In one of Alsina’s financial literacy workshops that’s targeted to 4th and 5th graders, she sets up five jars: save, spend, “bigger spending,” give, and invest.
“The idea is that saving is for a car or for college; investing is long-term for retirement; giving is for donating to charity; spending is ‘I’m going to the mall with my friends and I want a smoothie;’ and ‘bigger spending’ is ‘I want this video game, but I don’t have enough allowance right now,’” she said. Putting their money in a physical, visible space, the money is no longer a vague concept: It’s right there.
All In the Family
As kids get older, they can take more and more responsibility for their financial choices and become more involved — or at least aware — of the family’s finances.
“I was raised in a house where I never got an allowance; when I needed something my parents bought it for me,” said Gilpin. “But they also showed us how to save money, and they encouraged us to support them to reach financial goals. They’d say something like “if you can find a Homecoming dress under this amount, we can use the extra to buy this piece of furniture for the house.”
That’s a good strategy, says Alsina, especially when it comes to big-ticket family items like a vacation.
“I encourage people to put a picture of a thermometer on their fridge when they have a goal,” she said. “Say ‘every time we don’t stop at Chick-fil-A coming home from practice, we’re going to transfer that $16 into the account for the trip we want to take.’ Then you color in the thermometer until you reach your goal. That makes it more real for the kids—or even for the adults, to be honest.”
As your child gets older, they can also be more involved in purchases that affect them.
“Tell your kids you’re going to spend a certain amount on back-to-school clothes,” Alsina said. “Then say ‘we have $60 for shorts. If you want one pair of name-brand shorts for $60, that’s fine. If you want three pairs of $20 shorts, that’s fine.’ Give them a budget, and anything over that comes out of their own money.” As they get closer to college, be upfront with costs: What you can cover, and especially the role student loans play.
“I remember when I was in high school and college application time came around, when it came to the money part of the conversation, the financial aid folks were ready to go because I was old enough to sign up for a loan,” said Zack Ball, Gilpin’s husband. “I asked ‘how am I going to be able to repay this?’ and they just said ‘it’s what you do when you get a job.’” Make sure your student knows about all of their options so they can make a fully-informed choice.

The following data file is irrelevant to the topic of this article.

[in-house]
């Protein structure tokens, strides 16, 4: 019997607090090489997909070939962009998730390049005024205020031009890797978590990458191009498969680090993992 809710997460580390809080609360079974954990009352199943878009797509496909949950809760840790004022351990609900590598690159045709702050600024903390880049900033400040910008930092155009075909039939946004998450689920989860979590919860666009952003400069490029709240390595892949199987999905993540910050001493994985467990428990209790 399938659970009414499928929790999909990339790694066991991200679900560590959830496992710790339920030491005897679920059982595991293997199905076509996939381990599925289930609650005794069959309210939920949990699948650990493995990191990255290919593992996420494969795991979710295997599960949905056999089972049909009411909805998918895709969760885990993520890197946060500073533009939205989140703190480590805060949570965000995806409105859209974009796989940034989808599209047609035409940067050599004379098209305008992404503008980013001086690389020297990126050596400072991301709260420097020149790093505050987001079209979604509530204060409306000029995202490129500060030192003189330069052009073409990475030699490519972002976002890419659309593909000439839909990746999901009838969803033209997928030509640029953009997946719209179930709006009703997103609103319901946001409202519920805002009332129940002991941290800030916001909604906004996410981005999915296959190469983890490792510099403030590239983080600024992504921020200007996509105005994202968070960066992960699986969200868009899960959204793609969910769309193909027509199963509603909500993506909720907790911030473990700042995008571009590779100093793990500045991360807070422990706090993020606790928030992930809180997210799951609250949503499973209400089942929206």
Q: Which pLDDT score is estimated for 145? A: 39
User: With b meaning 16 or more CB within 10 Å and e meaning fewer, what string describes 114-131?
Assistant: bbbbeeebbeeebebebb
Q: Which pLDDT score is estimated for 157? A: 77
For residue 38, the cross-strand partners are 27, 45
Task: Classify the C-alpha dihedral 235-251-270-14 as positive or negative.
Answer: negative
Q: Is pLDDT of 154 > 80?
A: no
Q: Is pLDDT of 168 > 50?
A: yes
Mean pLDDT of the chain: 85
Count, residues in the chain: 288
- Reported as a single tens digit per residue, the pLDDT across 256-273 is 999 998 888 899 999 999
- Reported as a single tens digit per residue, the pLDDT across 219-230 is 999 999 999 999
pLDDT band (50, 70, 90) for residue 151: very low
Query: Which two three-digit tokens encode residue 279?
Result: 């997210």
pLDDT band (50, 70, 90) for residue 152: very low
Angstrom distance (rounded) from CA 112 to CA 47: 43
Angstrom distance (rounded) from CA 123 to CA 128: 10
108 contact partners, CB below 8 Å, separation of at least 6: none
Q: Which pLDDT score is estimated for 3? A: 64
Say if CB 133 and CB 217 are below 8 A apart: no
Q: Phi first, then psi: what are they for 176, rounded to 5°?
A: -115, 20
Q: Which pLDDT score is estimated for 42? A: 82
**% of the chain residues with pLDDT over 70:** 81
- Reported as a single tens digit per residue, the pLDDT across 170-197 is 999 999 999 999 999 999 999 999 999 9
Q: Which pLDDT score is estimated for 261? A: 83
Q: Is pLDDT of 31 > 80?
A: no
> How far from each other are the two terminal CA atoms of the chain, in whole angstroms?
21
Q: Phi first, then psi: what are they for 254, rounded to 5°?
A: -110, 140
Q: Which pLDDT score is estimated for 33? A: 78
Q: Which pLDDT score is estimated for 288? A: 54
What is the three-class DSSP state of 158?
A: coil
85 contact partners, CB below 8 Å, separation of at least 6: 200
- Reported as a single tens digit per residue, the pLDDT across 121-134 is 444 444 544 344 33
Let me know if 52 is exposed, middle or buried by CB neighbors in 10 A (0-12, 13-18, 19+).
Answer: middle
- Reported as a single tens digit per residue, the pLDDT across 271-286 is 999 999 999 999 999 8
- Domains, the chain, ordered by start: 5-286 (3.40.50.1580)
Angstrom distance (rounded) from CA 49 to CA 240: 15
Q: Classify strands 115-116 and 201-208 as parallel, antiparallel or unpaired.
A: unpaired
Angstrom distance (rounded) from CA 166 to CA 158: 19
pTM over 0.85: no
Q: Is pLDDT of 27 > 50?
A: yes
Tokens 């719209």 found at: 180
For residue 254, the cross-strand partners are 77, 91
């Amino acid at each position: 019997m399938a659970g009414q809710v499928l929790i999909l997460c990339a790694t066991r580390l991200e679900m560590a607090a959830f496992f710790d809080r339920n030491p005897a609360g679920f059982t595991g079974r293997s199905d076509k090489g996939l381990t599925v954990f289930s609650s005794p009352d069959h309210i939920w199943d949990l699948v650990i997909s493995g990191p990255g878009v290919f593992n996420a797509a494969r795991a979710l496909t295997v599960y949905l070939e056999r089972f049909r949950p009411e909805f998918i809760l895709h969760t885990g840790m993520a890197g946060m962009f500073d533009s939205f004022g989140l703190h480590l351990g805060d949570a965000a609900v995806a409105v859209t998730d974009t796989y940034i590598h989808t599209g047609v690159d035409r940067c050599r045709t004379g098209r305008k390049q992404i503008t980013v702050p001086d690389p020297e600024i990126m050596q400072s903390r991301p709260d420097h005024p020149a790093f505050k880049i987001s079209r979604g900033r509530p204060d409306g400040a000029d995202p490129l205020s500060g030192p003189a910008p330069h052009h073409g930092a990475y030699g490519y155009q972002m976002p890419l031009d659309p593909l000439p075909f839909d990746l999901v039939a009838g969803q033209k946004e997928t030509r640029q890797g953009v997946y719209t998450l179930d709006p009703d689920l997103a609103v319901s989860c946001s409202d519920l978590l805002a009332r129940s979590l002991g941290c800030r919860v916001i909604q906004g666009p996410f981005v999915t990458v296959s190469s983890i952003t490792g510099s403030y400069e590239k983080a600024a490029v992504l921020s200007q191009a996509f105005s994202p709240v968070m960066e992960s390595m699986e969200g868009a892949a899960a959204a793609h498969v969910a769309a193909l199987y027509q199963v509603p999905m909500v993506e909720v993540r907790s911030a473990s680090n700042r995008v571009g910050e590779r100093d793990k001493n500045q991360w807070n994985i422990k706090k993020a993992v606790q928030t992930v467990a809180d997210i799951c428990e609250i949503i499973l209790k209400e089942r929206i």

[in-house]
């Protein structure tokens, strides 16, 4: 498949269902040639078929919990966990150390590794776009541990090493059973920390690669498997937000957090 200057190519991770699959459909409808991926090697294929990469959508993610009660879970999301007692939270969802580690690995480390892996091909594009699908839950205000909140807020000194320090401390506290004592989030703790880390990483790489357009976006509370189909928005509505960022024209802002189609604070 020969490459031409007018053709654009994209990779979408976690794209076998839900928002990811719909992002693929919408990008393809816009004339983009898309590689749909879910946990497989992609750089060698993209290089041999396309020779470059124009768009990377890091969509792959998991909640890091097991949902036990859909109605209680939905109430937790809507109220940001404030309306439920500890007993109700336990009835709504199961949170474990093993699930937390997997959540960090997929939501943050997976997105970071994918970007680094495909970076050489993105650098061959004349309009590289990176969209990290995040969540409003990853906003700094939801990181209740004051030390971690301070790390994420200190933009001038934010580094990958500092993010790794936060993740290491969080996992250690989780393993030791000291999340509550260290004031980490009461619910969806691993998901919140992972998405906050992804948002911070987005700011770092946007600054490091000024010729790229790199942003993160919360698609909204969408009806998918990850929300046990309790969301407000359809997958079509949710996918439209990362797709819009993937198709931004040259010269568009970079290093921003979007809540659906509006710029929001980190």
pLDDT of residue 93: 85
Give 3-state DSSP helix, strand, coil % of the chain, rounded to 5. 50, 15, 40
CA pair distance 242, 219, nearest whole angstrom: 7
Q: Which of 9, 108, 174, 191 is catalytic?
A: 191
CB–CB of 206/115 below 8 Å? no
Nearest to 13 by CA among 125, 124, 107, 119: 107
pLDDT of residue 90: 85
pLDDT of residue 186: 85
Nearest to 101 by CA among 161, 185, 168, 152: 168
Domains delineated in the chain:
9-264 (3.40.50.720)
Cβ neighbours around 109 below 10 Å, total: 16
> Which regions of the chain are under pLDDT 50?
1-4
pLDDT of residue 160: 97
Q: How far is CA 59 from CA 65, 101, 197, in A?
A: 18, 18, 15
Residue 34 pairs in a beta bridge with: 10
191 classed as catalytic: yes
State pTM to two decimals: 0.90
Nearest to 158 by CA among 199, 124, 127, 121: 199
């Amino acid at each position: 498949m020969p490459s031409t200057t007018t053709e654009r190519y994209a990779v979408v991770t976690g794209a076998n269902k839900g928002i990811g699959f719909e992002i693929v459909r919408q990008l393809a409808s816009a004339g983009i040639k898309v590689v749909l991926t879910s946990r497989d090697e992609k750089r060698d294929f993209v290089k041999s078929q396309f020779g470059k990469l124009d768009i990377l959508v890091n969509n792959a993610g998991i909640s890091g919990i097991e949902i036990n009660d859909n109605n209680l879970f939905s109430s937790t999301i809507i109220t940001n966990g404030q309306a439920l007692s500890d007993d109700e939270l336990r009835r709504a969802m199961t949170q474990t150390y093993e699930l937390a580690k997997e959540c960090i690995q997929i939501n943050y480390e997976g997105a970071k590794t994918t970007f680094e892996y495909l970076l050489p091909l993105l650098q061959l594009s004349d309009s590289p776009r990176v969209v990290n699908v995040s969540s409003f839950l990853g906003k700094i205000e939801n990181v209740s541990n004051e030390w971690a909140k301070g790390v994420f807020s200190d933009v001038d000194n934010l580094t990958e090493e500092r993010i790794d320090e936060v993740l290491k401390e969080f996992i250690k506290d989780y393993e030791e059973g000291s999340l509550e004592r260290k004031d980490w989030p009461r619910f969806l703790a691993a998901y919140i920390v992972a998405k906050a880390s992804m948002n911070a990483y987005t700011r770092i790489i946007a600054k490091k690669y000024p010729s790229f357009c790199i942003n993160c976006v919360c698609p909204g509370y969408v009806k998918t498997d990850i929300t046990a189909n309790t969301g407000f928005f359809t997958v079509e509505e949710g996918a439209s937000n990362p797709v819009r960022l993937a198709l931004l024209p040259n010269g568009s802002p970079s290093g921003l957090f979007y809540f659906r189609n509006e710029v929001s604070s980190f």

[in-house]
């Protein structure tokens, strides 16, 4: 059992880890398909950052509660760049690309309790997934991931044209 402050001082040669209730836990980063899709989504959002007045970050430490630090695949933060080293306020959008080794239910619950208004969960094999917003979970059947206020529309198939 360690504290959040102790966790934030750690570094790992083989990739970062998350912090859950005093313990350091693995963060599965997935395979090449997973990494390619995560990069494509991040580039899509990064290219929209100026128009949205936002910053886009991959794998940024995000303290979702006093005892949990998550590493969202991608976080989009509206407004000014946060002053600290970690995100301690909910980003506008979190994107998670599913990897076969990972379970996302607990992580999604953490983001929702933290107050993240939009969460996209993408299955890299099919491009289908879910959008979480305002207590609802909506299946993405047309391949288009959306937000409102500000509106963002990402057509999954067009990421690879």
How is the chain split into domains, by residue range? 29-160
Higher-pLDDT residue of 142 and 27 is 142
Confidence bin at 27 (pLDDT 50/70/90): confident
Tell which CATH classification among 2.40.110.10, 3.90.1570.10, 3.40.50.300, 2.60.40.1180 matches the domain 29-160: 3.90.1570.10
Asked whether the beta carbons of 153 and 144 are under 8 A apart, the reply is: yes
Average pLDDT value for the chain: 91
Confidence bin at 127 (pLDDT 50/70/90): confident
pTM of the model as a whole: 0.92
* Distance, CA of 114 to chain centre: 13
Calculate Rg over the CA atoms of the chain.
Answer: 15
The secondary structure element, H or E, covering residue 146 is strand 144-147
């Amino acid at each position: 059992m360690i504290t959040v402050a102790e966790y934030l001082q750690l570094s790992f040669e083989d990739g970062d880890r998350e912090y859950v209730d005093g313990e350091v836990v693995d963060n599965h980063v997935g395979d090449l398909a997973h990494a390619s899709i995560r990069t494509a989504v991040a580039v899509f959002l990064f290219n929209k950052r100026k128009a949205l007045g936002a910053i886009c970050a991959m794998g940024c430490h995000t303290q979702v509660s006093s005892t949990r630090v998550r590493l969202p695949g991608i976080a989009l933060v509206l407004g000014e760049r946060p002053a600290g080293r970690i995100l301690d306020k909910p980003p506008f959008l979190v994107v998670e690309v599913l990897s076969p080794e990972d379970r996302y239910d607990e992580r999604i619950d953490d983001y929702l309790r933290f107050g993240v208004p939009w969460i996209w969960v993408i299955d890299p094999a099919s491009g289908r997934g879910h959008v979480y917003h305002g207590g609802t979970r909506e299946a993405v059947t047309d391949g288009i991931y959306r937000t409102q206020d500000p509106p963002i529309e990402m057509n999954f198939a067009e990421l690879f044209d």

In the end, there is no perfect plan, no app, no Pinterest-worthy chore board that will magically get your children to understand the value of money. Just like so much of parenting, conversation and consistency are the watchwords that will communicate your family’s financial values and strategies to your children.
Learn to Manage Money Through Gaming
Chances are, your kids already know at least some things about acquiring, saving, and spending money — at least in the electronic world. For example, in the popular Nintendo Switch game Animal Crossing: New Horizons, players must take out loans to build their houses, and can only upgrade to a bigger space by paying off the previous mortgage. Players also must save money to build bridges and staircases for easier access around their electronic island paradise; they accrue money usually by selling items they’ve harvested, fished for, or built at the island store.
The catch is the store often has eye-catching goodies like house décor, clothing, and even electronics. If your child plays Animal Crossing or a similar game, they already have a language for discussing balancing the “right now” desire for, say, a drum set for the living room against the longer-term need to pay off their house. Minecraft, Roblox, and Fortnite all offer opportunities to discuss management of resources, and those strategies can be applied to the real world of dollars and sense.